NME (Magazine) - "Opener `Satellites' is a fast, frayed collision of metal and hardcore, with piercing guitar from Scott Middleton and hollered group vocals."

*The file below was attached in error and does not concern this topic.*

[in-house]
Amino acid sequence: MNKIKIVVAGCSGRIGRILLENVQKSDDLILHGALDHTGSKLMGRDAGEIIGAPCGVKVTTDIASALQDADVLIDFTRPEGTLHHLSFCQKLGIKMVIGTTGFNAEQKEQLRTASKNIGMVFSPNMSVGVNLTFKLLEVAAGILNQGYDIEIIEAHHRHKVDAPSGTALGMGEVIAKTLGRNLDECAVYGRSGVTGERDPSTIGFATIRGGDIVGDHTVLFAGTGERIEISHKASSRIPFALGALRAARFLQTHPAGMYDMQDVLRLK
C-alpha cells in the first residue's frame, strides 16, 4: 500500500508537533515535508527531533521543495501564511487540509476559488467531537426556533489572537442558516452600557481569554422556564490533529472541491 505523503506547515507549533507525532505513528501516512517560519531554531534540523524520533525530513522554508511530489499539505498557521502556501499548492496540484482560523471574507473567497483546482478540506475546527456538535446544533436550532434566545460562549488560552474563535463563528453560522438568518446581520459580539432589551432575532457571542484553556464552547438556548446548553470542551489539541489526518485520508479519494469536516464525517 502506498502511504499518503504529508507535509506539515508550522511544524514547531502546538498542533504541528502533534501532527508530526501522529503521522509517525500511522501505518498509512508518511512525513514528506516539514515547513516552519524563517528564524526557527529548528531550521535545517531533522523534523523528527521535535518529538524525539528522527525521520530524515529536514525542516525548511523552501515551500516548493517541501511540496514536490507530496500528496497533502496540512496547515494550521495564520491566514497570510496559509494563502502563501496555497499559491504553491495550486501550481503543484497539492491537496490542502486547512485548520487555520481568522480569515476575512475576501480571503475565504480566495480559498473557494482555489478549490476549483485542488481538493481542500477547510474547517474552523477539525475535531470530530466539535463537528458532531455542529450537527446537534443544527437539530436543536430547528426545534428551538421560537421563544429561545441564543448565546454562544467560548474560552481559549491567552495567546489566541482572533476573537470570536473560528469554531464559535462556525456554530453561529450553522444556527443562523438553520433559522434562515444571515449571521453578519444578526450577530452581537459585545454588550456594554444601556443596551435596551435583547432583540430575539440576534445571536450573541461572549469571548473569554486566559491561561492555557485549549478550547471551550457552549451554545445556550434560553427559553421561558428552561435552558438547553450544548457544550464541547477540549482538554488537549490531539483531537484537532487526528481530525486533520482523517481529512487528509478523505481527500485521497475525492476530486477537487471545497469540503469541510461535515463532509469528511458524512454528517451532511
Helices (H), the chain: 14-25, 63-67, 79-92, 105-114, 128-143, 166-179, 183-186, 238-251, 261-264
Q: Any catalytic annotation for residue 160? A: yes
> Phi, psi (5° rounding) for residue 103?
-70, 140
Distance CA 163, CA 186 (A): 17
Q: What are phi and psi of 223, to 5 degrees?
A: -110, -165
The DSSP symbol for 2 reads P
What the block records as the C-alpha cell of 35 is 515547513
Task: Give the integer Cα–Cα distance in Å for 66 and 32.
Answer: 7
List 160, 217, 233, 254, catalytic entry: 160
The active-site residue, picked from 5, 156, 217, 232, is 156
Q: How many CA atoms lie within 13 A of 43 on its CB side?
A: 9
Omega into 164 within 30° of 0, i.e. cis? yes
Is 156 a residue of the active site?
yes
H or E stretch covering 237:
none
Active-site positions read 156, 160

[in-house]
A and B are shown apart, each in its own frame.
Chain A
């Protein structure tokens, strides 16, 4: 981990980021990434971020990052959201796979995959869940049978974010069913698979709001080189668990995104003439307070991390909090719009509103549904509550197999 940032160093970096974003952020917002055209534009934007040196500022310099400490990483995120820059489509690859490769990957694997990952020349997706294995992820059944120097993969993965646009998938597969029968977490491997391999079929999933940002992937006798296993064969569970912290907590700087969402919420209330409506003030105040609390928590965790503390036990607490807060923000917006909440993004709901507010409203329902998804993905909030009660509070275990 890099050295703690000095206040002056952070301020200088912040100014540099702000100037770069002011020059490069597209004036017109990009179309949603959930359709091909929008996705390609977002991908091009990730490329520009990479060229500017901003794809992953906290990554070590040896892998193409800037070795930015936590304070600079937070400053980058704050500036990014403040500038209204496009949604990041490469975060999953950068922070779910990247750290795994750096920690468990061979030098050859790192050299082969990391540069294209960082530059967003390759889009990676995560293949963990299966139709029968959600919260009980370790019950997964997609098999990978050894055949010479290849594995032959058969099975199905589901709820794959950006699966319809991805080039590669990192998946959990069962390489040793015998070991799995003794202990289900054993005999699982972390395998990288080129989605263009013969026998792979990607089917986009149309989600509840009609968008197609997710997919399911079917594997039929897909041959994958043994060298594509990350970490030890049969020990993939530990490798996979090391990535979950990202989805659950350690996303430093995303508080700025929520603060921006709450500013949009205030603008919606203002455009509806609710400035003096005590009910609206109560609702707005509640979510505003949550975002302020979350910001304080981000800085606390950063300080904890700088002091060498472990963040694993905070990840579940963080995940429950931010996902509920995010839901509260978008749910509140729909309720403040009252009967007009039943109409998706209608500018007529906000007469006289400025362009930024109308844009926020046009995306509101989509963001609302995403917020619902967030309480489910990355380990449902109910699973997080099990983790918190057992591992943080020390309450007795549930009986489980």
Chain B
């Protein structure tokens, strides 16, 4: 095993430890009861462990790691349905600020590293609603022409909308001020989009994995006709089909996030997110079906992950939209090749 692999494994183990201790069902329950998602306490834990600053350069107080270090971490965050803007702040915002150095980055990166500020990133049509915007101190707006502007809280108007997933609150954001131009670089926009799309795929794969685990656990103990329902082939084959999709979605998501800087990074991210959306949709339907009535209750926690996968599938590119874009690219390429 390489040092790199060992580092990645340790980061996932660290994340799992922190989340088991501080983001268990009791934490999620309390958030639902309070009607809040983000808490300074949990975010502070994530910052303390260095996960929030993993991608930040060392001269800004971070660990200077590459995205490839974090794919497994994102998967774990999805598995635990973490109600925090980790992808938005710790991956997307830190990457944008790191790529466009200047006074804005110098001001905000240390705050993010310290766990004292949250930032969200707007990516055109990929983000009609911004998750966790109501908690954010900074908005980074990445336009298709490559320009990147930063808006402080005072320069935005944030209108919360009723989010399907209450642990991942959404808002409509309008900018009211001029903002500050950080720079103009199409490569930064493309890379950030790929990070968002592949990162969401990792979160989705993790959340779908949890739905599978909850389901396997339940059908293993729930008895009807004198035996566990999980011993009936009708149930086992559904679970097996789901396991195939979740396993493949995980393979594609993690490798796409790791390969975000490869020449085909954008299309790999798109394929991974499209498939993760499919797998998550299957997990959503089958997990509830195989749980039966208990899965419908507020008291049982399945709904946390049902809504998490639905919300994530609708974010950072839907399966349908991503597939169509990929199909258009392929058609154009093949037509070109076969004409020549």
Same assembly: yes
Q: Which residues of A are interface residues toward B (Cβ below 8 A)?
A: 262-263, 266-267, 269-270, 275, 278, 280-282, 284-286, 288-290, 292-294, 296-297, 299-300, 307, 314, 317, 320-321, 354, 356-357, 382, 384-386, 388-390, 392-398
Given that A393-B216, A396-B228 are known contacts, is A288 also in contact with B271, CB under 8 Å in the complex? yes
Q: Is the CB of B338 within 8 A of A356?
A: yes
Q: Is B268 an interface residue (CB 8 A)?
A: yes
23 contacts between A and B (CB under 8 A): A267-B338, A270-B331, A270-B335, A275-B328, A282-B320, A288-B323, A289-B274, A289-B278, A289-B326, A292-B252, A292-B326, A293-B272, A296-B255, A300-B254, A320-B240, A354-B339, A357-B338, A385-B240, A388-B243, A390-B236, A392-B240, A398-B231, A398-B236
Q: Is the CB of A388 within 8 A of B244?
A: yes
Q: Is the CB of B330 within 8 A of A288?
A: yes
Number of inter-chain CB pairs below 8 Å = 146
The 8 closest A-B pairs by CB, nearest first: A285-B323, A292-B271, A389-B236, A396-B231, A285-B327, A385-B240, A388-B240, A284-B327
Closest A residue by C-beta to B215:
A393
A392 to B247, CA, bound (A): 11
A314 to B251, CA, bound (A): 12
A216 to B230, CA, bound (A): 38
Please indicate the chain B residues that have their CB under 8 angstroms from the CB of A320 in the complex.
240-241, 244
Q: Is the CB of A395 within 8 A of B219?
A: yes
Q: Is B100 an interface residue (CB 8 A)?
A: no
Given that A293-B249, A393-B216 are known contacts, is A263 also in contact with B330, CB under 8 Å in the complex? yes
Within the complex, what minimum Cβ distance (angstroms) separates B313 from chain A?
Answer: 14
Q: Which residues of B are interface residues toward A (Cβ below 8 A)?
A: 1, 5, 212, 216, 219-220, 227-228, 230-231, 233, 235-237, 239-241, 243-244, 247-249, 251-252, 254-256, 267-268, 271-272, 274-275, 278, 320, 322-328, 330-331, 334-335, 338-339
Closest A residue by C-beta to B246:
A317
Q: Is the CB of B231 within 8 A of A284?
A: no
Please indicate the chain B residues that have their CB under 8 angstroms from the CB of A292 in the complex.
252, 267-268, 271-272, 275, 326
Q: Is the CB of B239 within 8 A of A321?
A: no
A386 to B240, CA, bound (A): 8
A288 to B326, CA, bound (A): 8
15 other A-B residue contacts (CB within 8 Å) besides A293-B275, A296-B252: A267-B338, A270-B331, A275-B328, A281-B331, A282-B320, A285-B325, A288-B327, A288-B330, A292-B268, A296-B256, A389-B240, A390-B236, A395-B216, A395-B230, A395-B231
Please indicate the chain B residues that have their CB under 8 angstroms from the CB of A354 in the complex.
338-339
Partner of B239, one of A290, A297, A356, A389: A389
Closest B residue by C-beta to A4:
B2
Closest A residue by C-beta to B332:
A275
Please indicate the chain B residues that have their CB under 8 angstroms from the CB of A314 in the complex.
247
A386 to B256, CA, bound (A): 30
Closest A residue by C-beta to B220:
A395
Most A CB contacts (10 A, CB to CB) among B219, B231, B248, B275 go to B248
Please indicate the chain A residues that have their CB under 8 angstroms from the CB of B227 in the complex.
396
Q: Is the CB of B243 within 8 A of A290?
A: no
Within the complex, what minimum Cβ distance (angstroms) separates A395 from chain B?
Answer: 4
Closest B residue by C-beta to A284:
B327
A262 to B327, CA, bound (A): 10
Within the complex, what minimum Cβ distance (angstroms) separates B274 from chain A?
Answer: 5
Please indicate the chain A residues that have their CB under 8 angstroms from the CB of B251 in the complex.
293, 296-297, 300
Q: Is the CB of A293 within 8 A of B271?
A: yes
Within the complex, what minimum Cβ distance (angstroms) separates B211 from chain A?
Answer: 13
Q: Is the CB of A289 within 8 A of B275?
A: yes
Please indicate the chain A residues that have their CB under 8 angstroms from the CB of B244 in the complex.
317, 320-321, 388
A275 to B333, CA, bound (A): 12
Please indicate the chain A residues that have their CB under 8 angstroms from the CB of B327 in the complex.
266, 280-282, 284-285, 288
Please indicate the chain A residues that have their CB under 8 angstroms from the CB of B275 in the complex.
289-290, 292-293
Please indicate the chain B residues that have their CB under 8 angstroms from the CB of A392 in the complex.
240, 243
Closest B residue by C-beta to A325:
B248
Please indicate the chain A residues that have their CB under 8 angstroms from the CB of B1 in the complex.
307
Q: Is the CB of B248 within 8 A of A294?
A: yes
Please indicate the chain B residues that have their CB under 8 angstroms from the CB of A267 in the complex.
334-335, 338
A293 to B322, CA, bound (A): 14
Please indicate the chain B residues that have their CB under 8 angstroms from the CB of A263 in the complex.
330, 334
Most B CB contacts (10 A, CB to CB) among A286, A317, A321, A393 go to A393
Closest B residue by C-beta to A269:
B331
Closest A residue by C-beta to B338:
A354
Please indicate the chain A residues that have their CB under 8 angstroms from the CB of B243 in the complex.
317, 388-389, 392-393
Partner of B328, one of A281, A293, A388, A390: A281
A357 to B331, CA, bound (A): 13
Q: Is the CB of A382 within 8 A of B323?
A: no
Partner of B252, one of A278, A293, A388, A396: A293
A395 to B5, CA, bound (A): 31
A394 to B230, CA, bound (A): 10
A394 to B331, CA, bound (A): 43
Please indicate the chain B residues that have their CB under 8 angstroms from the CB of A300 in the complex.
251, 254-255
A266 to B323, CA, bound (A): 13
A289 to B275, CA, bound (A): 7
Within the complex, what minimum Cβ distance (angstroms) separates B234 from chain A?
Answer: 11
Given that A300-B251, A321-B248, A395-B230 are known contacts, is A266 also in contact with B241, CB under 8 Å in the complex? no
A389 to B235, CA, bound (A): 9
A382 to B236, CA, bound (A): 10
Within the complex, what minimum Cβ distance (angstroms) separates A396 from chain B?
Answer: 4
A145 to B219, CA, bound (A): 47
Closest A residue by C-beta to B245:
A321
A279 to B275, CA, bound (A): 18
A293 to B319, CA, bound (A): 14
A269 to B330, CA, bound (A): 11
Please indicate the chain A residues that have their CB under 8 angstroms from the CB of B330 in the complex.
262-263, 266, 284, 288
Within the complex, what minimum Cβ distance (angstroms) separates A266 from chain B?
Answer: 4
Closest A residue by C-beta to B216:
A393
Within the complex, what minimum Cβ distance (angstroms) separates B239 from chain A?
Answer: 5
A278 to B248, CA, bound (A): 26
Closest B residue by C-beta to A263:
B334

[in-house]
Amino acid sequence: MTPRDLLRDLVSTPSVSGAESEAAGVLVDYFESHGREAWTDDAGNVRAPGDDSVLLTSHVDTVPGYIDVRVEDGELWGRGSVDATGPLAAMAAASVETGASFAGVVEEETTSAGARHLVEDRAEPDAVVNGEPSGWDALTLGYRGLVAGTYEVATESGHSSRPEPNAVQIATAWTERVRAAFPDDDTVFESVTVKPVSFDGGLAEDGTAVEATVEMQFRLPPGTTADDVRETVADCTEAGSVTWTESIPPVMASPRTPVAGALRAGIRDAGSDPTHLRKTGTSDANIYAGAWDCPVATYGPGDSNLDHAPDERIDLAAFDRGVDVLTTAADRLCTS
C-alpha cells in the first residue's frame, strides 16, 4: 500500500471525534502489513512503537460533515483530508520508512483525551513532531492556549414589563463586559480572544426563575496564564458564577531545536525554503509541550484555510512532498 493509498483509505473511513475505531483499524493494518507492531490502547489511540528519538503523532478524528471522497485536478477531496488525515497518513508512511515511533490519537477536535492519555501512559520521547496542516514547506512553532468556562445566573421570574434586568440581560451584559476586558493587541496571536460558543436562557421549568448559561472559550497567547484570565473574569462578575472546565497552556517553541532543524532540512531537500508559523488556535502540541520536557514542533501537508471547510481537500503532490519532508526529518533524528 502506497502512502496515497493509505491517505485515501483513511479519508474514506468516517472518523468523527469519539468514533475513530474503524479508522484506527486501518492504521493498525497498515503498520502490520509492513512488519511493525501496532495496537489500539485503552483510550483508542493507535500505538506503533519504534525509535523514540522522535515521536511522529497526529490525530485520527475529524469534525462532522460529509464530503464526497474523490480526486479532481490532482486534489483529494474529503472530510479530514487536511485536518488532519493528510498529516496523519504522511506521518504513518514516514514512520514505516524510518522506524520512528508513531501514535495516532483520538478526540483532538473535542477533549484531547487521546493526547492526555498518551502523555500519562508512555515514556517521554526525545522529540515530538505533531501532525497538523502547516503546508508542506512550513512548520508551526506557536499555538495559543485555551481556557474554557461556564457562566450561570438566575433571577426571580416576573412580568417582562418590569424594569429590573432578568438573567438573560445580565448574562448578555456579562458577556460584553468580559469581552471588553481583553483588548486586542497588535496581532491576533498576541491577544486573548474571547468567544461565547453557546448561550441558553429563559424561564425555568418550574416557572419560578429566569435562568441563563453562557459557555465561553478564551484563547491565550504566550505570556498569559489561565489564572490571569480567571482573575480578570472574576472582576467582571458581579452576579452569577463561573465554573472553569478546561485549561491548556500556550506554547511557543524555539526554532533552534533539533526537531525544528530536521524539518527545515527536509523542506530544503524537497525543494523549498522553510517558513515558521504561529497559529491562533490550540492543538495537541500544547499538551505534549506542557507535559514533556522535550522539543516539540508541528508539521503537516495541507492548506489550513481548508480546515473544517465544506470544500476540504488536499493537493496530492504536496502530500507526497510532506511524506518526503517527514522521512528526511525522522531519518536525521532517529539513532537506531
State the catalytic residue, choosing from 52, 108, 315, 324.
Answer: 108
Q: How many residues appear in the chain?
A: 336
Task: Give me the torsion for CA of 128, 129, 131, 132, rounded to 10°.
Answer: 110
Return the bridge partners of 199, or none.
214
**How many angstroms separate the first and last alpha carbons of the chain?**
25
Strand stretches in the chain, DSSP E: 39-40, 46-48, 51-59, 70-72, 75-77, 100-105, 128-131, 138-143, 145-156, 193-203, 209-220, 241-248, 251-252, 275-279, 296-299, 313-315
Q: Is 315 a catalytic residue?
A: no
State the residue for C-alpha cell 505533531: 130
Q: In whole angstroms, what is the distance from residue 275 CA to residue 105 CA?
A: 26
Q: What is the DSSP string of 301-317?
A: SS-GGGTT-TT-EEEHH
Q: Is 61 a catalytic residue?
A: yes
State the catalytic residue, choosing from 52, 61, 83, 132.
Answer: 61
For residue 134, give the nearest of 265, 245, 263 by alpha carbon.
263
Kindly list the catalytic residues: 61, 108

Canadian metal-edged rockers Cancer Bats had a rough time leading up to fifth album Searching for Zero. Always road dogs, the band toured exhaustively in support of their 2012 album Dead Set on Living, taking a more traditional hardcore style to the stage every night and kicking off one leg of the tour with six individual shows in a single day. Along with a deeply taxing tour schedule, several friends and people close to the band died, leaving them in personal states of grief and turmoil. The catharsis, turmoil, frustration, and pain that inspired the album drip from every second of Searching for Zero. Songs are touched with the bitterness and reluctance of a hope that's hard won and struggled for. The sludgy tones of "True Zero" scream out with Sabbath-like metal riffs and vocals high in the mix, with singer Liam Cormier pondering regret, alienation, and self-acceptance mixed with righteous anger. Even when the band embraces more formulaic metal and predictable playing, themes of loss and grieving still come through loud and clear. "Arsenic in the Year of the Snake" is built around chugging, Southern-fried riffs and hardcore screaming but still breaks down into a repeated group yelp that cries out "Too many friends died this year." As the record progresses, the band explores psyched-out stoner metal ("Beelzebub"), blasting traditional hardcore ("All Hail"), and sludgy, hypnotic grooves ("Dusted"), but regardless of style, the songs seethe with a declarative sense of loss and anguish, feeling like a true reflection of challenging times and a band of friends trying to make it to the other side, together. ~ Fred Thomas